Sadly, since that is the attitude of some, because of the lack of funding to support career development, some departments just choose to do nothing, or minimally provide opportunities to their personnel. Don’t get me wrong, I wish we had the proper funding to assist our personnel meet and exceed their career goals. But, since over 90% of a fire department’s budget typically goes to wages and benefits, training and education budgets are usually very minimal, at best, and often are one of the first things to be cut during tough economic times.
Part of it is the culture within the fire service, a mindset that we need to work on changing. And we need to get buy-in from the troops, because if we don’t have that, then it just isn’t going to happen widely within an organization. We have to look for those progressive leaders, at all levels within a fire department, to help in creating the change of continual improvement. And no one-size-fits-all, we have to be sure to look at our organizations, our personnel, and determine what strategy would work best.
If we tie this into Accreditation and Credentialing, then we are really doing the right things for the right reasons. I’ve known those terms sometimes turn people off, or even confuse them. When I use the term “best practices” instead, it usually helps others understand the benefits of those two terms.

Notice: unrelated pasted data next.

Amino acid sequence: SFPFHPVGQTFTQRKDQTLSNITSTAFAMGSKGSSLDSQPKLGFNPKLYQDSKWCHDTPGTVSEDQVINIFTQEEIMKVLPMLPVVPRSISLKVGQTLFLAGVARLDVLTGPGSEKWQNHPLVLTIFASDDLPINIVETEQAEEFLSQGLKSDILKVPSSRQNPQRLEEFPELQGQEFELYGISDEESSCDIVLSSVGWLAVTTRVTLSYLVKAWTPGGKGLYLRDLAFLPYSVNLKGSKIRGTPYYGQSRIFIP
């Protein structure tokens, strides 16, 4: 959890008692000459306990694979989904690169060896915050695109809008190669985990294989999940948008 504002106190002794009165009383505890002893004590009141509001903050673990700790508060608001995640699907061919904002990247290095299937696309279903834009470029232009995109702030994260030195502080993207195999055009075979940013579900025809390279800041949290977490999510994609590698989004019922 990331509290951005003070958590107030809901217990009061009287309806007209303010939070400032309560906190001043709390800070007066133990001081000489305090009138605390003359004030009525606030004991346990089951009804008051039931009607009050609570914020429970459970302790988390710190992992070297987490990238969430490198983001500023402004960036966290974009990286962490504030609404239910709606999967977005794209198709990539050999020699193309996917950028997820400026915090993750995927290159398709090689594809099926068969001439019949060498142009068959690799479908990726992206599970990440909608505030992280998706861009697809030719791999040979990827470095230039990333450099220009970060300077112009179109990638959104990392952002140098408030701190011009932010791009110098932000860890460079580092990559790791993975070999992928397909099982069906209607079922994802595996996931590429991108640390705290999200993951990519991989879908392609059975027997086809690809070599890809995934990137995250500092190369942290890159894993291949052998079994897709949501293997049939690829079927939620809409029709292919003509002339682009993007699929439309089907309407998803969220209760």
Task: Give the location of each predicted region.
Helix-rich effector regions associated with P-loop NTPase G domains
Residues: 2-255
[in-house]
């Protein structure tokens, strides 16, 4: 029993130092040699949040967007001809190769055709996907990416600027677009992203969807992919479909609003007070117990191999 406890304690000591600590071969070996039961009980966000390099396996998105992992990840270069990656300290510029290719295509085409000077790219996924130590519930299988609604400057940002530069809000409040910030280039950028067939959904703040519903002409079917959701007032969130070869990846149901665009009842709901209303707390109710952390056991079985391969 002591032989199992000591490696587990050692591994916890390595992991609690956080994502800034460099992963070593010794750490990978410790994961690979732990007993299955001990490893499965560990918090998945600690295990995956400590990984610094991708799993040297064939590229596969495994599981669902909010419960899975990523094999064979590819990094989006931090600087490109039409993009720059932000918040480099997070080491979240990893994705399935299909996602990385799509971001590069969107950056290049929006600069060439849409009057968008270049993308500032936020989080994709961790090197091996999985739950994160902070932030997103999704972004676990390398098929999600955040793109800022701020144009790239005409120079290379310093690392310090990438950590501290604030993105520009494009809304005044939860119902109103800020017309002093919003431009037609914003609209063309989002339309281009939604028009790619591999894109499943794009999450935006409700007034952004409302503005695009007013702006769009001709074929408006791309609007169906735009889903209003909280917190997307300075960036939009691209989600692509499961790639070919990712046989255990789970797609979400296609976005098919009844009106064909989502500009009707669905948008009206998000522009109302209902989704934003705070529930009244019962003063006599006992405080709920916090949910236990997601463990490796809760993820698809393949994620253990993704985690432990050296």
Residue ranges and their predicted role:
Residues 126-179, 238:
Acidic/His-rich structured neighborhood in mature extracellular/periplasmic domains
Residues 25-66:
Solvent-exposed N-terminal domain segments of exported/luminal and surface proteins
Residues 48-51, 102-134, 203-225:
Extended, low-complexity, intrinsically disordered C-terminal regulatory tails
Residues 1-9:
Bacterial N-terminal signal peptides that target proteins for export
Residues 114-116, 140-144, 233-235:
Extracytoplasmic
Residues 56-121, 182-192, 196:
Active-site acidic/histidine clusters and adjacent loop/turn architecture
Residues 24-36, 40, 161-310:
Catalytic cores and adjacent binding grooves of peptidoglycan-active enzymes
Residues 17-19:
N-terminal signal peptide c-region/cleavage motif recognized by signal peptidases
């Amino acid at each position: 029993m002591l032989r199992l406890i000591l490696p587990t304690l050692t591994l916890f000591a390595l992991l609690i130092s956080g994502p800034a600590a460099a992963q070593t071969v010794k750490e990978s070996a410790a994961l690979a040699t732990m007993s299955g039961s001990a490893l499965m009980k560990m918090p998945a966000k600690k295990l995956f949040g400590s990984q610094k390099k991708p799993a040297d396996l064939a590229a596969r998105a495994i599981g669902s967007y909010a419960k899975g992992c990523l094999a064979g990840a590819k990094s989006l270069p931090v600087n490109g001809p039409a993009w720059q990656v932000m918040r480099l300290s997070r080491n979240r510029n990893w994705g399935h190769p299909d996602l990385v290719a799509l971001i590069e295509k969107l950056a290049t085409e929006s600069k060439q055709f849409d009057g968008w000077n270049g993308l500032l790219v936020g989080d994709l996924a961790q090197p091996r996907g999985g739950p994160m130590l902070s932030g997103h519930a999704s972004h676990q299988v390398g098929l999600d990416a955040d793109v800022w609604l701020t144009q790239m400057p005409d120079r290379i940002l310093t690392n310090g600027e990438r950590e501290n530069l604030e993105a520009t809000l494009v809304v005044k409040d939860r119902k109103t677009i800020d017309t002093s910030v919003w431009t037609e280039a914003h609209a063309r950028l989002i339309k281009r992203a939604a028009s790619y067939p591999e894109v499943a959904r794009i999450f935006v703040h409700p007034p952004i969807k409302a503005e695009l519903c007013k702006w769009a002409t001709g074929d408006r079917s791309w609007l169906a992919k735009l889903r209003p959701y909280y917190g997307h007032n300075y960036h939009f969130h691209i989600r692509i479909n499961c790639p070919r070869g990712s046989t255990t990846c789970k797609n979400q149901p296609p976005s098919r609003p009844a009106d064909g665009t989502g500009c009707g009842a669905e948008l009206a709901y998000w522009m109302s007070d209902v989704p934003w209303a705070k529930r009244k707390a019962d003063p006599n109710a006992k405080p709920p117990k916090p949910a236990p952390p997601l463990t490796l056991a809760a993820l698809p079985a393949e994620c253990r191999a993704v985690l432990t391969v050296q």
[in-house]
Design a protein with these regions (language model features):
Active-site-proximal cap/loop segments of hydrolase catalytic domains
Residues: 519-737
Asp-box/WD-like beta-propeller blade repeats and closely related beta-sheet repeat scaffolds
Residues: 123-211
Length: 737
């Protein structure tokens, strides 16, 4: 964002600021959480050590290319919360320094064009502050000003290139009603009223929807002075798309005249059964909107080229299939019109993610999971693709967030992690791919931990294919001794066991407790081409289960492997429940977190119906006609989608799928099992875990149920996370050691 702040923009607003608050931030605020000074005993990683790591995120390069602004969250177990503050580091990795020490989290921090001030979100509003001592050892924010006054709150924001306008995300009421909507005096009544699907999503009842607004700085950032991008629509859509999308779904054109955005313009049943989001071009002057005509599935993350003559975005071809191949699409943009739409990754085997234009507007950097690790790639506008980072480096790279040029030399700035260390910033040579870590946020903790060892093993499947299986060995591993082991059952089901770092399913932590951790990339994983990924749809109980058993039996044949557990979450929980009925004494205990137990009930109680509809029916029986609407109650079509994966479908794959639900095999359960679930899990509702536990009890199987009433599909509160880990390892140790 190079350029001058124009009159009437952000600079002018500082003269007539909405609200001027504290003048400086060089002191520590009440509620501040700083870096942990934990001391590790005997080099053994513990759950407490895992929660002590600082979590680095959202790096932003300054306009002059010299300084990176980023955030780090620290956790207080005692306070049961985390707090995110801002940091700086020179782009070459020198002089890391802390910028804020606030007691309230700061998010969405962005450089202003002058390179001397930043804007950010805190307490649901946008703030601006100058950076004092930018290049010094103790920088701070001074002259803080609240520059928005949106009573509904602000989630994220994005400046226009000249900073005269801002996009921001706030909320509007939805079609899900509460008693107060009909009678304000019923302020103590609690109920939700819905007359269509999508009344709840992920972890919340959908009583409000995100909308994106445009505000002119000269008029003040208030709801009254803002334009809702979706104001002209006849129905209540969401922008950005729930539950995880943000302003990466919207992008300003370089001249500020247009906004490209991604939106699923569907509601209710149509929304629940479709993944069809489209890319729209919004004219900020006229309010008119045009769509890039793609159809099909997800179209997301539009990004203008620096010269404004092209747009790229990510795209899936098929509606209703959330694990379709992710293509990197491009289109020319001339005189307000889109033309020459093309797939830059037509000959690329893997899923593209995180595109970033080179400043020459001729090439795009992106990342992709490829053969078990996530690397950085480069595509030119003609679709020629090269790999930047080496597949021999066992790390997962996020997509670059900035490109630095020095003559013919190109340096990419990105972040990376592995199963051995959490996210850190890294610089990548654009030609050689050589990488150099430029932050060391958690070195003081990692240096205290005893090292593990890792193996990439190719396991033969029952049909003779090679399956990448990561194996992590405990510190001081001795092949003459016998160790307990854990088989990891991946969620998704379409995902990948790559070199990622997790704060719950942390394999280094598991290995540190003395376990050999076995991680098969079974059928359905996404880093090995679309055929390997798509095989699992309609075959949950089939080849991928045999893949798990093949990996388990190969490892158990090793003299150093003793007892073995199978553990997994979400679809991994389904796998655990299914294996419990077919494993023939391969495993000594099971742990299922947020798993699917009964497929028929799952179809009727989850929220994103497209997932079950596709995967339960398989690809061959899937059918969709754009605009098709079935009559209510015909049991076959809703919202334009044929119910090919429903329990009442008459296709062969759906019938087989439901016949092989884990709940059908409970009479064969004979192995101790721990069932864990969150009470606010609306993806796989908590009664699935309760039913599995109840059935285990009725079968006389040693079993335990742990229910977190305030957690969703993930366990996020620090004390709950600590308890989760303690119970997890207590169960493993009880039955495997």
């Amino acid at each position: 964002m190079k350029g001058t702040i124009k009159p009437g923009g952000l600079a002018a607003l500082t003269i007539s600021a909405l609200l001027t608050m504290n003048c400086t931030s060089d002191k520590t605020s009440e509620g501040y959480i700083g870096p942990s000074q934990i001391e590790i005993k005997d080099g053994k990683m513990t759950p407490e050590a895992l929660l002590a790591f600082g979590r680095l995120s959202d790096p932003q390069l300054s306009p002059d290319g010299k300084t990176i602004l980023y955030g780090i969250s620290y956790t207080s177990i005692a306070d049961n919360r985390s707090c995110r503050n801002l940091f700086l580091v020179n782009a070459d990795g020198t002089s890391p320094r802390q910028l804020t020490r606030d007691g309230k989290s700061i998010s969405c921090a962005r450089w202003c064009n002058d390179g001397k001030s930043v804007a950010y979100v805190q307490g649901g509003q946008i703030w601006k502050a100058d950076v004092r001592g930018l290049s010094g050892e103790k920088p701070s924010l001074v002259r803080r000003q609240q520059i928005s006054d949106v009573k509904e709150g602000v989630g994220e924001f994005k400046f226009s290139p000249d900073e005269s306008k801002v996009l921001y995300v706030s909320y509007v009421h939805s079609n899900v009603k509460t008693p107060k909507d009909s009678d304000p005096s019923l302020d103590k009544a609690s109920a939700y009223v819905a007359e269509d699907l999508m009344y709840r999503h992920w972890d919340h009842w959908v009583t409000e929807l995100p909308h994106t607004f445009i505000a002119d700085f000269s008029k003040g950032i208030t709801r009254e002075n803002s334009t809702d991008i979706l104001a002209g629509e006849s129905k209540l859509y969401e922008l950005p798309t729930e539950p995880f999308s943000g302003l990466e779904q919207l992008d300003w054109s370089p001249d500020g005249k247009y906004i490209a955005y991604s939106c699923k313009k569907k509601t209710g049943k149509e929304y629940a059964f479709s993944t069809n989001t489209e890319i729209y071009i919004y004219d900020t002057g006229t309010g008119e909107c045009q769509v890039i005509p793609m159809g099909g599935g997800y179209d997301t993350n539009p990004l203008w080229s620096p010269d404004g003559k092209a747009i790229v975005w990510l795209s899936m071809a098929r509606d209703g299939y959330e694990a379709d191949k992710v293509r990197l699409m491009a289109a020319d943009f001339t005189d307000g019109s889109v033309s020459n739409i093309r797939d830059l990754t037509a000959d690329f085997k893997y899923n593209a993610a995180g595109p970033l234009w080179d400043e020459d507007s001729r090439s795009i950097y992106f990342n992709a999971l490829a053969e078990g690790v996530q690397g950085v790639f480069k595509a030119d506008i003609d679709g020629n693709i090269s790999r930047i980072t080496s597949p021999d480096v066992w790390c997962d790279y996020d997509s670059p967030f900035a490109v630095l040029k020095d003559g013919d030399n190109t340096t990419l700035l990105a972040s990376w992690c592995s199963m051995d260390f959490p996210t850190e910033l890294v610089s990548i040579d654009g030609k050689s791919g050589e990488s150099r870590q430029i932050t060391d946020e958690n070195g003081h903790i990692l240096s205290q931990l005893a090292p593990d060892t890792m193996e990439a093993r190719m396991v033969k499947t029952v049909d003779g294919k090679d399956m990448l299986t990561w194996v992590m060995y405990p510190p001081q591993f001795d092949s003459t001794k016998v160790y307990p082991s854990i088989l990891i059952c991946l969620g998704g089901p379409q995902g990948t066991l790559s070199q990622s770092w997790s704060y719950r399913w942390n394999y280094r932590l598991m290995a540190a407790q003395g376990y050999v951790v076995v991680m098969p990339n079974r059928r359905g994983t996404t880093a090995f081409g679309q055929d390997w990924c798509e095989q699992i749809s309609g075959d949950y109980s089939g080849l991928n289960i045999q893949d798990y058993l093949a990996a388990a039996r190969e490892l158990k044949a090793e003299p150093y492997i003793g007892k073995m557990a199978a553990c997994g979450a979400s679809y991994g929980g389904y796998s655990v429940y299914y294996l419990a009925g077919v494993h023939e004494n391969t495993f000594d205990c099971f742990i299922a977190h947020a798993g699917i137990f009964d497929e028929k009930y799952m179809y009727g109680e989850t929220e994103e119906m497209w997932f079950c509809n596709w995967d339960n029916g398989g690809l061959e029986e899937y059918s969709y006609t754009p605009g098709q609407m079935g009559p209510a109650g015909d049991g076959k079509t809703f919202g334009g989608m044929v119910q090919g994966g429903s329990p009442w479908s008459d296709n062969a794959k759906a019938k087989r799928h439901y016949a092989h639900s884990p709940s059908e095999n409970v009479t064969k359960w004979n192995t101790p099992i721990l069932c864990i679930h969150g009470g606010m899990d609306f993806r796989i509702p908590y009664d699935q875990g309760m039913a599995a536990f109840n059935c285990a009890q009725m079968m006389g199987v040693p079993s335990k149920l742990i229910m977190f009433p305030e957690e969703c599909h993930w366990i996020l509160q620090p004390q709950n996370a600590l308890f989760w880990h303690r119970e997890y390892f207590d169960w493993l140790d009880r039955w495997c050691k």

Personnel of all ranks need career development, regardless of whether or not they ever desire to promote, and have an obligation to pay it forward, and help set those we hire today up for success in the future. Things such as mentoring or offering career development advice do not cost any money, just time and energy. Those two things can and should be done by everyone. If we are not sharing our personal lessons learned over the years with our personnel, how do we expect them to be successful in the future? What was Albert Einstein’s definition of insanity? Doing the same thing over and over and expecting different results?
Steve Prziborowski currently serves as the Deputy Chief of Training for the Santa Clara County (Los Gatos, CA) Fire Department, and is also an instructor for the Chabot College (Hayward, CA) Fire Technology Program. Steve was named the 2008 California Fire Instructor of the year, is an Executive Board Member for the California Fire Chiefs Association serving as the Northern Division Director, and is a Former President of the Northern California Training Officers Association.
Steve is a state-certified Chief Officer and Master Instructor, has earned a Master’s degree in Emergency Services Administration, has completed the Executive Fire Officer Program at the National Fire Academy, and has received Chief Fire Officer and Chief Training Officer Designation through the Commission on Professional Credentialing. Steve is a contributing editor to Firehouse Magazine and Fire Nuggets Magazine, is a regular speaker and presenter at fire service events and conferences across the country, and has published three career development books: Reach for the Firefighter Badge, The Future Firefighter’s Preparation Guide, and How to Excel at Fire Department Promotional Exams!